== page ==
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Deep sequencing of the transcriptome and mining of single nucleotide polymorphisms (SNPs) provide genomic resources for applied studies in Chinook salmon (Oncorhynchus tshawytscha)

Gomez-Uchida, Daniel, Seeb, Lisa W., Warheit, Kenneth I., McKinney, Garrett J., Seeb, James E.
Conservation genetics resources 2014 v.6 no.4 pp. 807-811
Oncorhynchus tshawytscha, biosynthesis, databases, fish, genes, high-throughput nucleotide sequencing, indigenous species, lipid metabolism, reproduction, single nucleotide polymorphism, stress response, transcriptome, transcriptomics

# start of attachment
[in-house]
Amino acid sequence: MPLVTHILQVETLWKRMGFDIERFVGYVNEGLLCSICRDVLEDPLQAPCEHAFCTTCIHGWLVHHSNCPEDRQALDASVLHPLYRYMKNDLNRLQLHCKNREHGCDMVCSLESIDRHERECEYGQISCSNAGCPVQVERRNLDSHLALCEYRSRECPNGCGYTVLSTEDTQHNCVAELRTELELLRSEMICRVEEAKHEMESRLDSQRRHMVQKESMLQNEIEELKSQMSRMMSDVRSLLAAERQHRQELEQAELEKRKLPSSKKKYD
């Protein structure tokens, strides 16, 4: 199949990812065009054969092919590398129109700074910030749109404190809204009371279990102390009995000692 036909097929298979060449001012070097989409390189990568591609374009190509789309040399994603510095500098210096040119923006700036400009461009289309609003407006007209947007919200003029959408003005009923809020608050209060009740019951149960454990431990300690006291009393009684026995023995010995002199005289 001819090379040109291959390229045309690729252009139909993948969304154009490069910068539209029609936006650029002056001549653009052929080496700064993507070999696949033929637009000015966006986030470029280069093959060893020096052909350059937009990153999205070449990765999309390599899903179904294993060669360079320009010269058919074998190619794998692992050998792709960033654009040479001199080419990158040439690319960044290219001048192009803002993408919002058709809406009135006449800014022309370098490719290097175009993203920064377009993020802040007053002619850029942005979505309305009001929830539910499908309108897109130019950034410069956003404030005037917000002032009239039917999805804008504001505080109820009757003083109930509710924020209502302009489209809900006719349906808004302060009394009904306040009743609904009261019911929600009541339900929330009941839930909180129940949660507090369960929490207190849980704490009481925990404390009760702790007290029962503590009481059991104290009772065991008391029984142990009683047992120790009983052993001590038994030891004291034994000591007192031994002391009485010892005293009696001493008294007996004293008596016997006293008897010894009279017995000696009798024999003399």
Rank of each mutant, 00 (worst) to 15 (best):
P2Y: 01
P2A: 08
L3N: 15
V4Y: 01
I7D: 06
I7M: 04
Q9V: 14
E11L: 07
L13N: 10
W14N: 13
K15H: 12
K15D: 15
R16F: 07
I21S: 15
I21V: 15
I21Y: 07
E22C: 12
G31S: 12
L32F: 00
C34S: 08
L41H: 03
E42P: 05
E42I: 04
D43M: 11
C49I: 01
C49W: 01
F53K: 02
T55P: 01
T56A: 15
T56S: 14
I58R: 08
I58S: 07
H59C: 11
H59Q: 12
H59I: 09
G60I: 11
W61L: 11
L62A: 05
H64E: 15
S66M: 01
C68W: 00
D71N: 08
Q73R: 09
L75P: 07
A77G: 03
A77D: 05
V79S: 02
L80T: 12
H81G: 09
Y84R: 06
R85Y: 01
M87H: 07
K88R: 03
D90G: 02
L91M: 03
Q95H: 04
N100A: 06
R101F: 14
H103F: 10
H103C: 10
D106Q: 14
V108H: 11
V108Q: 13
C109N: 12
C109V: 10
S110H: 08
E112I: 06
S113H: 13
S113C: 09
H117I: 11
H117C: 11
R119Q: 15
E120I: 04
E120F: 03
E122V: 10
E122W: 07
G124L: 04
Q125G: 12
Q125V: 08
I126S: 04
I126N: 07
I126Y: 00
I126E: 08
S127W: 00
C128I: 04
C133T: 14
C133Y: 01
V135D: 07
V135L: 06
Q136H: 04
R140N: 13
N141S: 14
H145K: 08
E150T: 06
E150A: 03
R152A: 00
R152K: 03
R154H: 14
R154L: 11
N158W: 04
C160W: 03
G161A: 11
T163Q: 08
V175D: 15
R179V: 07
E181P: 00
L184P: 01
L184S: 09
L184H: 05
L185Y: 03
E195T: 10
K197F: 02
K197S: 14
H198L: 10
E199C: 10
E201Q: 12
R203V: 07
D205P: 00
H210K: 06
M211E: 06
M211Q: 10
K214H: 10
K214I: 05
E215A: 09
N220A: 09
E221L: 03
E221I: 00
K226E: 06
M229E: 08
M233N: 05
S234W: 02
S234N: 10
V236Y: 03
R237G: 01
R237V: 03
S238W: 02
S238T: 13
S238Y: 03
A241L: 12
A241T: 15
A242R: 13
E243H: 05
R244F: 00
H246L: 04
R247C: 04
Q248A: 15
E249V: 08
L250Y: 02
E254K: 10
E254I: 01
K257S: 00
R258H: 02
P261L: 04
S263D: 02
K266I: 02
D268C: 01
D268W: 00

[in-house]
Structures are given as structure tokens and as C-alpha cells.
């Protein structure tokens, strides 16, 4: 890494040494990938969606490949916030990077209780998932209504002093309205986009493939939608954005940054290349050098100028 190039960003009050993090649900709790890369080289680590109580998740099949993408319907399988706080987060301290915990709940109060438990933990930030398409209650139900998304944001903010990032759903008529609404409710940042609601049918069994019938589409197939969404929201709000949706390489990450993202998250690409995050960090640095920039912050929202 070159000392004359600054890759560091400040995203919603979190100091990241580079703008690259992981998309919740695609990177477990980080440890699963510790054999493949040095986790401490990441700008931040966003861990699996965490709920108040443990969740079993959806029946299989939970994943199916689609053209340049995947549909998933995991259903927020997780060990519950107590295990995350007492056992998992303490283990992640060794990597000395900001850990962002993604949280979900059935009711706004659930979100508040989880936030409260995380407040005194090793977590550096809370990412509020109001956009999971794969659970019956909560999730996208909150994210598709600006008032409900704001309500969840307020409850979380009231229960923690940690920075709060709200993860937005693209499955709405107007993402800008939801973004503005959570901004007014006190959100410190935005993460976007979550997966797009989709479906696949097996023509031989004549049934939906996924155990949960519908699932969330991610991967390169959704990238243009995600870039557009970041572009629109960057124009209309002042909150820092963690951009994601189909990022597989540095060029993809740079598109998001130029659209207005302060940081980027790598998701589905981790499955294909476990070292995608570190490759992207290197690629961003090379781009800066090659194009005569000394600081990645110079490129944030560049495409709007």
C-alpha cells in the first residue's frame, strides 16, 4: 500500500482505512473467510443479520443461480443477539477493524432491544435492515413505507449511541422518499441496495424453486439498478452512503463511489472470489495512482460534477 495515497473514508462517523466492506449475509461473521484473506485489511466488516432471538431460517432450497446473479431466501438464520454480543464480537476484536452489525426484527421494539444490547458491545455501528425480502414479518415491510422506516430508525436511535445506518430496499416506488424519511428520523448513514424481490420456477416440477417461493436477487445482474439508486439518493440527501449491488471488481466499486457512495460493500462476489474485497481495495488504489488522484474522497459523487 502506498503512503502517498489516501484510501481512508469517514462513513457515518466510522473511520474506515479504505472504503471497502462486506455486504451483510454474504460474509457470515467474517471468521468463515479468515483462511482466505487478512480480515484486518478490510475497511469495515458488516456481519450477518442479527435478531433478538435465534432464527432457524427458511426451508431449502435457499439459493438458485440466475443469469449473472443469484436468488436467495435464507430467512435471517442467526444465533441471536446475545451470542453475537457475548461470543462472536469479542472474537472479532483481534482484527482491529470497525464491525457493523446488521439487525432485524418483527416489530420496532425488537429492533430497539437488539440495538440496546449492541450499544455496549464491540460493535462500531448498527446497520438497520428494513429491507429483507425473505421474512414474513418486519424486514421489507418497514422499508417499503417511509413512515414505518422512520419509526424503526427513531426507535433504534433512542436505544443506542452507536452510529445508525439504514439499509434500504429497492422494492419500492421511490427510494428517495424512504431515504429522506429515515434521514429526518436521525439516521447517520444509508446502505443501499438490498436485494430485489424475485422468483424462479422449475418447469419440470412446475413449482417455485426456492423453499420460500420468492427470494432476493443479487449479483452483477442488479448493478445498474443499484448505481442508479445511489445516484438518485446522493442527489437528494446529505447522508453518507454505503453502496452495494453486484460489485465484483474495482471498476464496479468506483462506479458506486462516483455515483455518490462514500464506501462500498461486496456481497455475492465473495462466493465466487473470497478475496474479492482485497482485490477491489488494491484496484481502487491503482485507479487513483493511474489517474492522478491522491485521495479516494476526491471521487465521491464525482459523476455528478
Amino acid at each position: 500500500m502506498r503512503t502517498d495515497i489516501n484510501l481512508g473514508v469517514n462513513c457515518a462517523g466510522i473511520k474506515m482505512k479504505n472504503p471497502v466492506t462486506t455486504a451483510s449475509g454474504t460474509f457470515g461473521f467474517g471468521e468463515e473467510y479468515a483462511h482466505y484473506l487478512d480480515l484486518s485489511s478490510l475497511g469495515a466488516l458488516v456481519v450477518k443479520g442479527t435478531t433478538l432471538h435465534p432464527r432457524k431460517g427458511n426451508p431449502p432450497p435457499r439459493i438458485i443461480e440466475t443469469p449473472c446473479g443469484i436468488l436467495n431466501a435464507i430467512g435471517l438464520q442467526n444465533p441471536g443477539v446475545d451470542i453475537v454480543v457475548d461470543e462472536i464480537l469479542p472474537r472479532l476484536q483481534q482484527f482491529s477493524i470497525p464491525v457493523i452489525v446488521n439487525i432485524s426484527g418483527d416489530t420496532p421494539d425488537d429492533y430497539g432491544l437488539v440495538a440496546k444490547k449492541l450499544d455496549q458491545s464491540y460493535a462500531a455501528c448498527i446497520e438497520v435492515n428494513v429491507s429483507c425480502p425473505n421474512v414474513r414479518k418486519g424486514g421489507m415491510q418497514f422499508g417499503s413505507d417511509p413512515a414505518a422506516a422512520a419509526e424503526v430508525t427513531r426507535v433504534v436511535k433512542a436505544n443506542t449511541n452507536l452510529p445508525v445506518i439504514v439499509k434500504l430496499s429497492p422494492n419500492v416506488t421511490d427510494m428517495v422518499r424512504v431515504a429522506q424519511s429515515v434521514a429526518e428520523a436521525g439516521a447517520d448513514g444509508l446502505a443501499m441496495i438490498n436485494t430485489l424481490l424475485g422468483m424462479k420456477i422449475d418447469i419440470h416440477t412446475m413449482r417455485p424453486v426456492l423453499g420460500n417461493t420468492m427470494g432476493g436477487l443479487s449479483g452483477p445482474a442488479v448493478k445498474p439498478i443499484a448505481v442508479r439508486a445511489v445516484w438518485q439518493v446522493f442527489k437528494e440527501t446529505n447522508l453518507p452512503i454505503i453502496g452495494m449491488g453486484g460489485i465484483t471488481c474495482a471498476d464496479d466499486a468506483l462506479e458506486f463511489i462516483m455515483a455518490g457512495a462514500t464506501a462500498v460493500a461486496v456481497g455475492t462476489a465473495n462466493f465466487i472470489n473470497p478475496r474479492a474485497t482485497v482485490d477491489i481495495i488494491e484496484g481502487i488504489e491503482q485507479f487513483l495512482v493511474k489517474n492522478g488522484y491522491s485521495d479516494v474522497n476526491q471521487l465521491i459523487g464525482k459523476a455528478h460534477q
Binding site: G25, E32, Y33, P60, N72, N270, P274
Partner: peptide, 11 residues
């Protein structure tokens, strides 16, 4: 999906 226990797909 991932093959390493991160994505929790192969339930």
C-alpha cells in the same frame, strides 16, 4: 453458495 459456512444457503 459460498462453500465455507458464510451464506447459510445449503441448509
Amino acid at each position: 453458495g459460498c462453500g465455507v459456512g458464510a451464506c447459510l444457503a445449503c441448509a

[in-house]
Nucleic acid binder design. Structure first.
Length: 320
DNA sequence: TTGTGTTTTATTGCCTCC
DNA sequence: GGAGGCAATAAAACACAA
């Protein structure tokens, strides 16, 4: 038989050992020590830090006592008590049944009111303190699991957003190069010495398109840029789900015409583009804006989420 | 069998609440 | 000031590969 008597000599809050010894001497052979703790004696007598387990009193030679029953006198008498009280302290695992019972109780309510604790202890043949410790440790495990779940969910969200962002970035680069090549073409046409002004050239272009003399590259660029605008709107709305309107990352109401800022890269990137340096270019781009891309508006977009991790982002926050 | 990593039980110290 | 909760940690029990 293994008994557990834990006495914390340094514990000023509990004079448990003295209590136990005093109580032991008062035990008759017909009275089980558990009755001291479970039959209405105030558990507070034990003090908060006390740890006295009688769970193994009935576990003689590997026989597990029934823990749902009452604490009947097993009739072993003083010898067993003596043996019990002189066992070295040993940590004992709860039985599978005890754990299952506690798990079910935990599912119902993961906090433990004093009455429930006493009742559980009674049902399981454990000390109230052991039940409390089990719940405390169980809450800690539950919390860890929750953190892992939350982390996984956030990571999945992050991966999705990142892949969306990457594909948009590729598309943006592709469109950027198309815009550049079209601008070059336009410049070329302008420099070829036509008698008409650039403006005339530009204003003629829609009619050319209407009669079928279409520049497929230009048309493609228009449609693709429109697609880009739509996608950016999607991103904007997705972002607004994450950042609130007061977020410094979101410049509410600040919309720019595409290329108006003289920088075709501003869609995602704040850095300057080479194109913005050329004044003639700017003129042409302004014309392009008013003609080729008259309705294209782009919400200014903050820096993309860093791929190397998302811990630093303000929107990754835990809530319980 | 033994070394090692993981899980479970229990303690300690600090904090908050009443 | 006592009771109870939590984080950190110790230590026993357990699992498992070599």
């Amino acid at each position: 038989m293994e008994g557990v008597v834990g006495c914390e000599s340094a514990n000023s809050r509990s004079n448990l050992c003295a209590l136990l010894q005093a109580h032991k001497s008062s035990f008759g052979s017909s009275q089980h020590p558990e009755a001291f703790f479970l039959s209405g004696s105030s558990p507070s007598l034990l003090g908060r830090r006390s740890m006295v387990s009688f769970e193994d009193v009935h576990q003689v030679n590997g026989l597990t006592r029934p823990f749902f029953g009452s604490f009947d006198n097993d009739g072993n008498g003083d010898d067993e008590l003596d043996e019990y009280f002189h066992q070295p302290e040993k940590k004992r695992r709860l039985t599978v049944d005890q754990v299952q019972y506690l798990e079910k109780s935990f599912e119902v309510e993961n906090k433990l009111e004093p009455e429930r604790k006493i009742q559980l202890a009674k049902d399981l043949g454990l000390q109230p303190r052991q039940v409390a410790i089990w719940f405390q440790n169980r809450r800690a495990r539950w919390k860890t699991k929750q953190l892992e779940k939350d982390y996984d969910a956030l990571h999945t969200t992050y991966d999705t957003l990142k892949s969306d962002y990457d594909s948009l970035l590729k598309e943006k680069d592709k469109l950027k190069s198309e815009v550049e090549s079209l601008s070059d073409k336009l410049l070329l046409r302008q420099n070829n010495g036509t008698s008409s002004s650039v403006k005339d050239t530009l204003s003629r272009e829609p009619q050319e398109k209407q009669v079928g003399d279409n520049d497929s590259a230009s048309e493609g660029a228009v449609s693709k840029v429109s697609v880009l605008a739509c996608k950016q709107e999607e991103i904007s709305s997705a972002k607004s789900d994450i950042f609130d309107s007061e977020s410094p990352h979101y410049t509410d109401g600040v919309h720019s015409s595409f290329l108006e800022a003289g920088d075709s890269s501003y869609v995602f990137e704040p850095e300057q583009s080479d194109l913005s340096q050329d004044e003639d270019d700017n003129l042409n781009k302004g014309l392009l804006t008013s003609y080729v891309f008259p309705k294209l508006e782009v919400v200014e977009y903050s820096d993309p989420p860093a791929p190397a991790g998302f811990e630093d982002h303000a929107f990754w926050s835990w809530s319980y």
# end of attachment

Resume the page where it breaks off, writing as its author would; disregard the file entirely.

We deep-sequenced the transcriptome of Chinook salmon (Oncorhynchus tshawytscha) that yielded 2.5 million high-quality reads (combined for four fish) with an average length of 378 bp. De novo assembly resulted in 44,264 contigs with an average length of 567 bp and an average depth of 29 reads. Nearly half (42 %) of the contigs were annotated through alignment against protein, gene ontology (GO) and taxonomic databases using BLASTX. Overrepresented GO categories included metabolism (32 %), biosynthesis (11 %), transport (7 %), transcription (5 %) and other important pathways (response to stress, lipid metabolism and reproduction: 3 %). We identified 3,793 putative single nucleotide polymorphisms (SNPs) in silico, of which 718 were annotated. We characterized a sample of 54 annotated SNPs within contigs with transition-to-transversion ratios <1. Of these, 26 were nonsynonymous SNPs. Transcriptome sequencing remains a source of novel polymorphisms that holds promise for applied studies in Chinook salmon, an important salmonid species native to the North Pacific.